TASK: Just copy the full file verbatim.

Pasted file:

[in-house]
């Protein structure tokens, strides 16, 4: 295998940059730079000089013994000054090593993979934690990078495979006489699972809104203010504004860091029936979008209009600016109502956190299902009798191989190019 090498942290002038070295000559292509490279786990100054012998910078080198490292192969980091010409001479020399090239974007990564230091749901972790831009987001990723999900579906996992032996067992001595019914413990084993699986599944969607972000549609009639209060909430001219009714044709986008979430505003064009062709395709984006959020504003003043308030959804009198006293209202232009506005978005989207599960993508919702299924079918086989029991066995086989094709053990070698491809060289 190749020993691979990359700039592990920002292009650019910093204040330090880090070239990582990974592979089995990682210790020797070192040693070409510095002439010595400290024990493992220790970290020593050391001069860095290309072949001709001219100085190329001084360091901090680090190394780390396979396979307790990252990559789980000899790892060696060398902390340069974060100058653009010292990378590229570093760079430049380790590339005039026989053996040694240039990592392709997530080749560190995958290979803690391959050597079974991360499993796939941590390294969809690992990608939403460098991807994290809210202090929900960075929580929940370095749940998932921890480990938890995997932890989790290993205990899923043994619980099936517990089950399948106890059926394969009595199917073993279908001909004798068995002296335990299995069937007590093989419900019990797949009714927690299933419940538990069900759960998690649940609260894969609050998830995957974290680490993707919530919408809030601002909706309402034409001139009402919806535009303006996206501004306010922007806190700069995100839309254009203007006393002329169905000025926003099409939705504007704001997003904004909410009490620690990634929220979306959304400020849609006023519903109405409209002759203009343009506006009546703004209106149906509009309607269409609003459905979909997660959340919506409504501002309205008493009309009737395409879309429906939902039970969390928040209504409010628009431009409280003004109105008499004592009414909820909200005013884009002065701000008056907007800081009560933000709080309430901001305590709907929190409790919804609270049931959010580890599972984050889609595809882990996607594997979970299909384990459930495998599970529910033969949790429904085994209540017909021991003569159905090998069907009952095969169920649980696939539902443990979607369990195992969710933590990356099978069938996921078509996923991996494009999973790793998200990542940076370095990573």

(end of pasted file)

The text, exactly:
[in-house]
């Protein structure tokens, strides 16, 4: 295998940059730079000089013994000054090593993979934690990078495979006489699972809104203010504004860091029936979008209009600016109502956190299902009798191989190019 090498942290002038070295000559292509490279786990100054012998910078080198490292192969980091010409001479020399090239974007990564230091749901972790831009987001990723999900579906996992032996067992001595019914413990084993699986599944969607972000549609009639209060909430001219009714044709986008979430505003064009062709395709984006959020504003003043308030959804009198006293209202232009506005978005989207599960993508919702299924079918086989029991066995086989094709053990070698491809060289 190749020993691979990359700039592990920002292009650019910093204040330090880090070239990582990974592979089995990682210790020797070192040693070409510095002439010595400290024990493992220790970290020593050391001069860095290309072949001709001219100085190329001084360091901090680090190394780390396979396979307790990252990559789980000899790892060696060398902390340069974060100058653009010292990378590229570093760079430049380790590339005039026989053996040694240039990592392709997530080749560190995958290979803690391959050597079974991360499993796939941590390294969809690992990608939403460098991807994290809210202090929900960075929580929940370095749940998932921890480990938890995997932890989790290993205990899923043994619980099936517990089950399948106890059926394969009595199917073993279908001909004798068995002296335990299995069937007590093989419900019990797949009714927690299933419940538990069900759960998690649940609260894969609050998830995957974290680490993707919530919408809030601002909706309402034409001139009402919806535009303006996206501004306010922007806190700069995100839309254009203007006393002329169905000025926003099409939705504007704001997003904004909410009490620690990634929220979306959304400020849609006023519903109405409209002759203009343009506006009546703004209106149906509009309607269409609003459905979909997660959340919506409504501002309205008493009309009737395409879309429906939902039970969390928040209504409010628009431009409280003004109105008499004592009414909820909200005013884009002065701000008056907007800081009560933000709080309430901001305590709907929190409790919804609270049931959010580890599972984050889609595809882990996607594997979970299909384990459930495998599970529910033969949790429904085994209540017909021991003569159905090998069907009952095969169920649980696939539902443990979607369990195992969710933590990356099978069938996921078509996923991996494009999973790793998200990542940076370095990573």